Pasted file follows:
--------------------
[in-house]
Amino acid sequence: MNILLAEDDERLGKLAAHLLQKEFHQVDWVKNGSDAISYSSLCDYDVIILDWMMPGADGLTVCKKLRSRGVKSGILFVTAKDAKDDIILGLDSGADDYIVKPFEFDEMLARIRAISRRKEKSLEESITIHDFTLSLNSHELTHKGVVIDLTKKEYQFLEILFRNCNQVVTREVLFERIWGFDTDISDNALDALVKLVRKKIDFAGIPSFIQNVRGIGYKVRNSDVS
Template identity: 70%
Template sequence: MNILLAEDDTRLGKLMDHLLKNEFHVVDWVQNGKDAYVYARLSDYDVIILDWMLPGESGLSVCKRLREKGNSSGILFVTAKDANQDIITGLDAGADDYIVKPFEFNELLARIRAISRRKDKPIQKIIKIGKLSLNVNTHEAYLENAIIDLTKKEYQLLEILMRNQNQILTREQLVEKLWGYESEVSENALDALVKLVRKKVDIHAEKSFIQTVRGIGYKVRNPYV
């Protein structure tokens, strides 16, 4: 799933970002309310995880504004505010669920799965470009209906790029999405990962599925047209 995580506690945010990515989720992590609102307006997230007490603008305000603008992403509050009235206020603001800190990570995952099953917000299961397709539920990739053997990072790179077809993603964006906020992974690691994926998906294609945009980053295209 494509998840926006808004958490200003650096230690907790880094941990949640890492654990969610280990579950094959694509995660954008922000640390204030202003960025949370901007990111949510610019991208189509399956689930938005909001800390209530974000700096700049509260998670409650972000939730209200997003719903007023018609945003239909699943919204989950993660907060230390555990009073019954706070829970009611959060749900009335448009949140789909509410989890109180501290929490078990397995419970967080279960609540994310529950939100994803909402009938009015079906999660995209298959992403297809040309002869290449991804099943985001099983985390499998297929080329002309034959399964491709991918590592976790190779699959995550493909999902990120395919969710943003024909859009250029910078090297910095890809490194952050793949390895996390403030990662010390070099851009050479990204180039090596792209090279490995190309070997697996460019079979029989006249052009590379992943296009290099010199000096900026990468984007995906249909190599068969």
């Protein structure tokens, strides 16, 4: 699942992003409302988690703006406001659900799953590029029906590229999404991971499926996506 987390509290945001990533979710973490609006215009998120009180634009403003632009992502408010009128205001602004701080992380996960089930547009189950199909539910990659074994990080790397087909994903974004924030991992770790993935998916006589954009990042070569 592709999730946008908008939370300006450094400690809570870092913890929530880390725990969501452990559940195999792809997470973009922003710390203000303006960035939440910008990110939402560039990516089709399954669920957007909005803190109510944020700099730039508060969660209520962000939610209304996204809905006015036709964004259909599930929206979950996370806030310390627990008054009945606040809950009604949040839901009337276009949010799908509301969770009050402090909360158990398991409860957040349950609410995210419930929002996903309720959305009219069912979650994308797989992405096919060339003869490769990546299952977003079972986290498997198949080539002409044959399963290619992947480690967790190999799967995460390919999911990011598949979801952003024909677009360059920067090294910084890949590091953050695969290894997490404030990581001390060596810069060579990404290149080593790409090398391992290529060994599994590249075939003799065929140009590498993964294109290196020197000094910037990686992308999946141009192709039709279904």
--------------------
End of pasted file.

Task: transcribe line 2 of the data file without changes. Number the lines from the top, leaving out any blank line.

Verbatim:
Amino acid sequence: MNILLAEDDERLGKLAAHLLQKEFHQVDWVKNGSDAISYSSLCDYDVIILDWMMPGADGLTVCKKLRSRGVKSGILFVTAKDAKDDIILGLDSGADDYIVKPFEFDEMLARIRAISRRKEKSLEESITIHDFTLSLNSHELTHKGVVIDLTKKEYQFLEILFRNCNQVVTREVLFERIWGFDTDISDNALDALVKLVRKKIDFAGIPSFIQNVRGIGYKVRNSDVS